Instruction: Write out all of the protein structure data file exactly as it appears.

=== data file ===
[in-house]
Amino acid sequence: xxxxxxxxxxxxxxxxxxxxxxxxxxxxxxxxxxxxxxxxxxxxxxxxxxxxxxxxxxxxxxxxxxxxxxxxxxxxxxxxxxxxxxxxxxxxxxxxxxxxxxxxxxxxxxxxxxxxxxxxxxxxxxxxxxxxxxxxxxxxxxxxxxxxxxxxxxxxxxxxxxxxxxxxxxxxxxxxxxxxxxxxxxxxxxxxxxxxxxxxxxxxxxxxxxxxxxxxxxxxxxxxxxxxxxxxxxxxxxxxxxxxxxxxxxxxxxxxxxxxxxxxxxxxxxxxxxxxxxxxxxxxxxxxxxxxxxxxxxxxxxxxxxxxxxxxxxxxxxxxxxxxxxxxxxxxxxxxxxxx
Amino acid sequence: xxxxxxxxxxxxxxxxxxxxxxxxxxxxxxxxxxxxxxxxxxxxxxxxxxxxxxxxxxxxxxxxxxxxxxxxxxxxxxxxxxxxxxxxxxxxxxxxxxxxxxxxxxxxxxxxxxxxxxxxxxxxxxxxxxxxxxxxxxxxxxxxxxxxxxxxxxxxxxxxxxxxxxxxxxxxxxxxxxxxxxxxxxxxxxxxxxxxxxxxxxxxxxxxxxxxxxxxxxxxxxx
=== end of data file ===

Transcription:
[in-house]
Amino acid sequence: xxxxxxxxxxxxxxxxxxxxxxxxxxxxxxxxxxxxxxxxxxxxxxxxxxxxxxxxxxxxxxxxxxxxxxxxxxxxxxxxxxxxxxxxxxxxxxxxxxxxxxxxxxxxxxxxxxxxxxxxxxxxxxxxxxxxxxxxxxxxxxxxxxxxxxxxxxxxxxxxxxxxxxxxxxxxxxxxxxxxxxxxxxxxxxxxxxxxxxxxxxxxxxxxxxxxxxxxxxxxxxxxxxxxxxxxxxxxxxxxxxxxxxxxxxxxxxxxxxxxxxxxxxxxxxxxxxxxxxxxxxxxxxxxxxxxxxxxxxxxxxxxxxxxxxxxxxxxxxxxxxxxxxxxxxxxxxxxxxxx
Amino acid sequence: xxxxxxxxxxxxxxxxxxxxxxxxxxxxxxxxxxxxxxxxxxxxxxxxxxxxxxxxxxxxxxxxxxxxxxxxxxxxxxxxxxxxxxxxxxxxxxxxxxxxxxxxxxxxxxxxxxxxxxxxxxxxxxxxxxxxxxxxxxxxxxxxxxxxxxxxxxxxxxxxxxxxxxxxxxxxxxxxxxxxxxxxxxxxxxxxxxxxxxxxxxxxxxxxxxxxxxxxxxxxxxx